Are you confused about when or how to offer peanuts to your baby? In this blog, I’ll teach you how to prepare it safely and why it’s so important to do so early and often.
Why Introduce Peanut Protein?
When I started as a feeding therapist in the 1990s, research showed that parents and therapists should wait to offer peanuts (in any texture form) until after the baby’s first birthday. Later, I was taught to introduce peanuts to a baby before their first birthday, but we would have to wait 3-5 days before offering the baby another food.
However, current research shows that delaying the introduction of peanut protein can increase risk. In fact, peanut allergy is now one of the most common pediatric food allergies. So, in these last few years, I’ve implemented the new guidelines of feeding babies peanut protein: early and often. Research shows that providing peanut protein early & often is vital in preventing peanut allergy. It should be noted that the research was done with food, not with powder supplements. So, as long as your baby is 6 months of age (and showing all the signs of readiness to eat), you can offer your baby peanut protein in delicious food form while skipping artificial peanut powders.
What are the Risk Factors for Peanut Allergy?
The three risk factors for your baby having a peanut allergy are 1) if they have eczema, 2) if they have an egg allergy, or 3) if they have both eczema and an egg allergy. If your baby has had eczema once before, that does not place your baby at high risk for a peanut allergy. The research shows that eczema must be severe (not just a mild case) to be a significant risk factor. And if your baby has an egg allergy, there is a potentially higher possibility for a peanut allergy.
It’s important to know that if your baby is going to have an allergic reaction to peanut protein, it will occur within a few minutes (or a few hours) after they eat it. This timeline will help you rule-out potential complications. To make you feel more comfortable about serving potentially allergenic foods, have another family member with you while you offer the food and talk to your pediatrician about possible medications in case a reaction occurs.
When to Introduce Peanut Protein?
The National Institutes for Health (NIH) recommends early introduction to peanut protein between 4-6 months for babies that are at high risk for peanut allergy. The National Institute of Allergy and Infectious Diseases also recommends peanuts to be introduced before 12 months of age. While the American Academy of Pediatrics (AAP) and the World Health Organization (WHO) both state that babies should only have breastmilk or formula until they are 6 months of age. This body of research and medical recommendations indicates that we can safely begin to offer peanut protein (in food form) to babies at 6 months of age.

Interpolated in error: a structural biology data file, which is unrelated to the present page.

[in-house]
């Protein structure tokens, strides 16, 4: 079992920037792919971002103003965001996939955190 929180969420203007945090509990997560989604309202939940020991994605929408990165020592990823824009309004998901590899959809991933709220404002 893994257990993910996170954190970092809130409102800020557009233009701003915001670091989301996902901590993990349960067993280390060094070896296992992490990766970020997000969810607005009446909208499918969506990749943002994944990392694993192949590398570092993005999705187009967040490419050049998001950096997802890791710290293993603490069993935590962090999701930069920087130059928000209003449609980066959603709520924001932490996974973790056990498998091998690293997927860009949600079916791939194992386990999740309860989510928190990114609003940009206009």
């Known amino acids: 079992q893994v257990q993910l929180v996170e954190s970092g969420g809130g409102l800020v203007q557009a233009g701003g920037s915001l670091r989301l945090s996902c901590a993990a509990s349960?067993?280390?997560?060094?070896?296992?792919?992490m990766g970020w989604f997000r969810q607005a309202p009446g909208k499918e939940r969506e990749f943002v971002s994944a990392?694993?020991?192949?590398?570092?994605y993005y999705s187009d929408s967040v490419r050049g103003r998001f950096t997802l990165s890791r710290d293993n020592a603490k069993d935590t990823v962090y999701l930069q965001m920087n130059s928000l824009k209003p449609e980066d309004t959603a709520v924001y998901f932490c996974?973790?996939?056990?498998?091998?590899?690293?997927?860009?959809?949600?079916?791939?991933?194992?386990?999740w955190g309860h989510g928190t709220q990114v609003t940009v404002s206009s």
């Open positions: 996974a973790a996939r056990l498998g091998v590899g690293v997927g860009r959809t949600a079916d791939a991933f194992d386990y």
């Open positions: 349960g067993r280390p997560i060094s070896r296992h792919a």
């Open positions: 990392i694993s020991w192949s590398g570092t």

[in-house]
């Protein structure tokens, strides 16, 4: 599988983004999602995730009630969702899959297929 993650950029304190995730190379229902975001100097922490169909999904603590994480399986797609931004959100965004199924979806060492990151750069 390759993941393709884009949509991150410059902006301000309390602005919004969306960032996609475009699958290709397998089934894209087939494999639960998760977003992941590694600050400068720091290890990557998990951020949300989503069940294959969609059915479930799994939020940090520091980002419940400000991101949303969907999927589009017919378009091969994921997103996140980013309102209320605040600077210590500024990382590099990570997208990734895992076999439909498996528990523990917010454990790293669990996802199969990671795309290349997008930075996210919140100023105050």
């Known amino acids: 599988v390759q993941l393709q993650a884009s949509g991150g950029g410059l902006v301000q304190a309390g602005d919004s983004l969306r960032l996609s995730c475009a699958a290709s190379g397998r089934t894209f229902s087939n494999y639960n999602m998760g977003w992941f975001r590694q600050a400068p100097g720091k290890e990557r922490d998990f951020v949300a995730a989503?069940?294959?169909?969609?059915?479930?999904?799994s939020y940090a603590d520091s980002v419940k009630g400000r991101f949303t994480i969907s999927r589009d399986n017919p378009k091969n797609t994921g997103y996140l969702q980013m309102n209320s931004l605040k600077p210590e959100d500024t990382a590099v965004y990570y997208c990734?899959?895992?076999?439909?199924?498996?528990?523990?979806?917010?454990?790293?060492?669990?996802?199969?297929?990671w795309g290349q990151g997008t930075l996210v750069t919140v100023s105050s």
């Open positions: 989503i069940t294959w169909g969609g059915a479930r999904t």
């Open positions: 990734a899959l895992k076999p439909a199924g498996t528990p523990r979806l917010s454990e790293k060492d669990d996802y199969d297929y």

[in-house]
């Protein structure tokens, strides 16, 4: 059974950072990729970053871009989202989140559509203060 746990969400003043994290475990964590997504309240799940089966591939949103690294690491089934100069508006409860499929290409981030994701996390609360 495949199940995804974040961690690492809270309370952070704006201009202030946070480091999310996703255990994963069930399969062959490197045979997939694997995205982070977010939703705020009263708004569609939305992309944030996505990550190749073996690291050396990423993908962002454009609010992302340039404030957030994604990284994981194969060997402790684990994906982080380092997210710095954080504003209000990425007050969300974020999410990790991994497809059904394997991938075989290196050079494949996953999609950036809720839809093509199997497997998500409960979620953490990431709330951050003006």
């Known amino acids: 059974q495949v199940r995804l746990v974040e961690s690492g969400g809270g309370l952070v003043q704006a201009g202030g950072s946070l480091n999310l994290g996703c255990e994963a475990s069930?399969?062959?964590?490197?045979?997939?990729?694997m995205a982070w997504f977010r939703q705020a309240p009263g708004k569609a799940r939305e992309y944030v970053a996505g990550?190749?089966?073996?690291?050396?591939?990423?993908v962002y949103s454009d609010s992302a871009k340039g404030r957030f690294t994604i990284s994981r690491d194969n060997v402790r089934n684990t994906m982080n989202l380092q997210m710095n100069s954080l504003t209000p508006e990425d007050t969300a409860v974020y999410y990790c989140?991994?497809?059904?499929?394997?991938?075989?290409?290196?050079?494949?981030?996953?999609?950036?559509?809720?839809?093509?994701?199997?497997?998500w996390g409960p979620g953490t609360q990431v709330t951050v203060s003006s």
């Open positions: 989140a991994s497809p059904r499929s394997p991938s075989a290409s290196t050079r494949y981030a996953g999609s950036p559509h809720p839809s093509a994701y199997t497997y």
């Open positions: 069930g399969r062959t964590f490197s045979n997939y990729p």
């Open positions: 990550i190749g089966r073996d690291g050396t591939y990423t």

I encourage parents to start serving peanut protein by eating it as food at 6 months and not in powder form at the 4-month mark. I have worked with many families that used peanut protein powders in their baby’s bottles between 4-6 months, only to have their baby refuse to eat from a bottle again (whether peanut protein powder was inside the bottle or not). Unfortunately, these babies required medical intervention, including weekly feeding therapy and having a feeding tube placed.
How to Safely Introduce Peanut Protein?
Offering whole nuts, chopped nuts, or a spoonful of peanut butter are all high choking risks for a baby. Here are a few ways to safely offer peanuts to your baby.
I love to introduce babies to a peanut puff called, Puffworks which is an organic peanut butter product made specifically for babies. It is plant-based, gluten-free, vegan, and dissolves easily in your baby’s mouth. In addition, the size, weight, and texture of the puffs are much safer for your baby to chew & swallow (even without teeth) than other puffs on the market.
You can thin out smooth (not chunky) peanut butter by blending it with yogurt to make a puree. You can offer this mixture by preloading the ezpz Tiny Spoon and handing it to your baby. This is also a perfect opportunity for baby to practice their spoon-feeding milestones!
A smoothie is another way to offer peanuts to your baby. In a blender, mix breastmilk (or formula), smooth peanut butter, and some full-fat yogurt. Place the smoothie in the ezpz Tiny Cup and offer small sips to your little one!
Peanut is a food I always offer in the first month of baby-led weaning and continue to offer each month. Now that you know how to safely prepare it, I hope it will be one of your baby’s favorite tastes! #MsDawnSLP